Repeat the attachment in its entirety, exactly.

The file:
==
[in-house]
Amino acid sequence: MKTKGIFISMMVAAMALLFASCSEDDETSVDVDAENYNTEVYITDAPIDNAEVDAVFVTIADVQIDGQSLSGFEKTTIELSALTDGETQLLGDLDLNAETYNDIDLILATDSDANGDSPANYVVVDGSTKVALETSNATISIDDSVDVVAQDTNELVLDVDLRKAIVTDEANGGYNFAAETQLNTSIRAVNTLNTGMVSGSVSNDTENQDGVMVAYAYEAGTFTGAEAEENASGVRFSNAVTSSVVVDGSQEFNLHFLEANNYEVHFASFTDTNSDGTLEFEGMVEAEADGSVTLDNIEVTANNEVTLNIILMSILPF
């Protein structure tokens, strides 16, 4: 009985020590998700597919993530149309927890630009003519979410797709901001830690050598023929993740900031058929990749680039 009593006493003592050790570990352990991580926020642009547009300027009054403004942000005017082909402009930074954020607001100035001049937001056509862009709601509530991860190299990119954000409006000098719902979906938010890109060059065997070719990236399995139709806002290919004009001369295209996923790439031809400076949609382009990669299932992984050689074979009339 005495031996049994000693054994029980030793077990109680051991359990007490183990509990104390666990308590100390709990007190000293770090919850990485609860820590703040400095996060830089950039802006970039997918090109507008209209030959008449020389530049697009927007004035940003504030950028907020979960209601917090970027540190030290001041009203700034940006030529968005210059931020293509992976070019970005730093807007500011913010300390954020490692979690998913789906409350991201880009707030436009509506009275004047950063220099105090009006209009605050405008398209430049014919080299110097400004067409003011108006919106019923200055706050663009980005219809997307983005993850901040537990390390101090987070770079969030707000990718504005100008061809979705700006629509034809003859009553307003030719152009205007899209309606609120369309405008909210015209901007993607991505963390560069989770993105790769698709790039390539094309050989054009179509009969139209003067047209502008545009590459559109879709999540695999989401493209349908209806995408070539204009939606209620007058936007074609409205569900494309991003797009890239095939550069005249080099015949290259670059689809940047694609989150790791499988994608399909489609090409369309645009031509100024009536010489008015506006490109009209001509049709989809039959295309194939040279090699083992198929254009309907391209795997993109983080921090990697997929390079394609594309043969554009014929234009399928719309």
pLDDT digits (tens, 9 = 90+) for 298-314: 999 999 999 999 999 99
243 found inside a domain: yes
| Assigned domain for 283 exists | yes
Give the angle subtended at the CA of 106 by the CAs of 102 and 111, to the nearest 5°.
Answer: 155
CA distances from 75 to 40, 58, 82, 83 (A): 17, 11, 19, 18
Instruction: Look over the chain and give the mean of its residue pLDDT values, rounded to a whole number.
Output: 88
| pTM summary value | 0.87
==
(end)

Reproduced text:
[in-house]
Amino acid sequence: MKTKGIFISMMVAAMALLFASCSEDDETSVDVDAENYNTEVYITDAPIDNAEVDAVFVTIADVQIDGQSLSGFEKTTIELSALTDGETQLLGDLDLNAETYNDIDLILATDSDANGDSPANYVVVDGSTKVALETSNATISIDDSVDVVAQDTNELVLDVDLRKAIVTDEANGGYNFAAETQLNTSIRAVNTLNTGMVSGSVSNDTENQDGVMVAYAYEAGTFTGAEAEENASGVRFSNAVTSSVVVDGSQEFNLHFLEANNYEVHFASFTDTNSDGTLEFEGMVEAEADGSVTLDNIEVTANNEVTLNIILMSILPF
């Protein structure tokens, strides 16, 4: 009985020590998700597919993530149309927890630009003519979410797709901001830690050598023929993740900031058929990749680039 009593006493003592050790570990352990991580926020642009547009300027009054403004942000005017082909402009930074954020607001100035001049937001056509862009709601509530991860190299990119954000409006000098719902979906938010890109060059065997070719990236399995139709806002290919004009001369295209996923790439031809400076949609382009990669299932992984050689074979009339 005495031996049994000693054994029980030793077990109680051991359990007490183990509990104390666990308590100390709990007190000293770090919850990485609860820590703040400095996060830089950039802006970039997918090109507008209209030959008449020389530049697009927007004035940003504030950028907020979960209601917090970027540190030290001041009203700034940006030529968005210059931020293509992976070019970005730093807007500011913010300390954020490692979690998913789906409350991201880009707030436009509506009275004047950063220099105090009006209009605050405008398209430049014919080299110097400004067409003011108006919106019923200055706050663009980005219809997307983005993850901040537990390390101090987070770079969030707000990718504005100008061809979705700006629509034809003859009553307003030719152009205007899209309606609120369309405008909210015209901007993607991505963390560069989770993105790769698709790039390539094309050989054009179509009969139209003067047209502008545009590459559109879709999540695999989401493209349908209806995408070539204009939606209620007058936007074609409205569900494309991003797009890239095939550069005249080099015949290259670059689809940047694609989150790791499988994608399909489609090409369309645009031509100024009536010489008015506006490109009209001509049709989809039959295309194939040279090699083992198929254009309907391209795997993109983080921090990697997929390079394609594309043969554009014929234009399928719309």
pLDDT digits (tens, 9 = 90+) for 298-314: 999 999 999 999 999 99
243 found inside a domain: yes
| Assigned domain for 283 exists | yes
Give the angle subtended at the CA of 106 by the CAs of 102 and 111, to the nearest 5°.
Answer: 155
CA distances from 75 to 40, 58, 82, 83 (A): 17, 11, 19, 18
Instruction: Look over the chain and give the mean of its residue pLDDT values, rounded to a whole number.
Output: 88
| pTM summary value | 0.87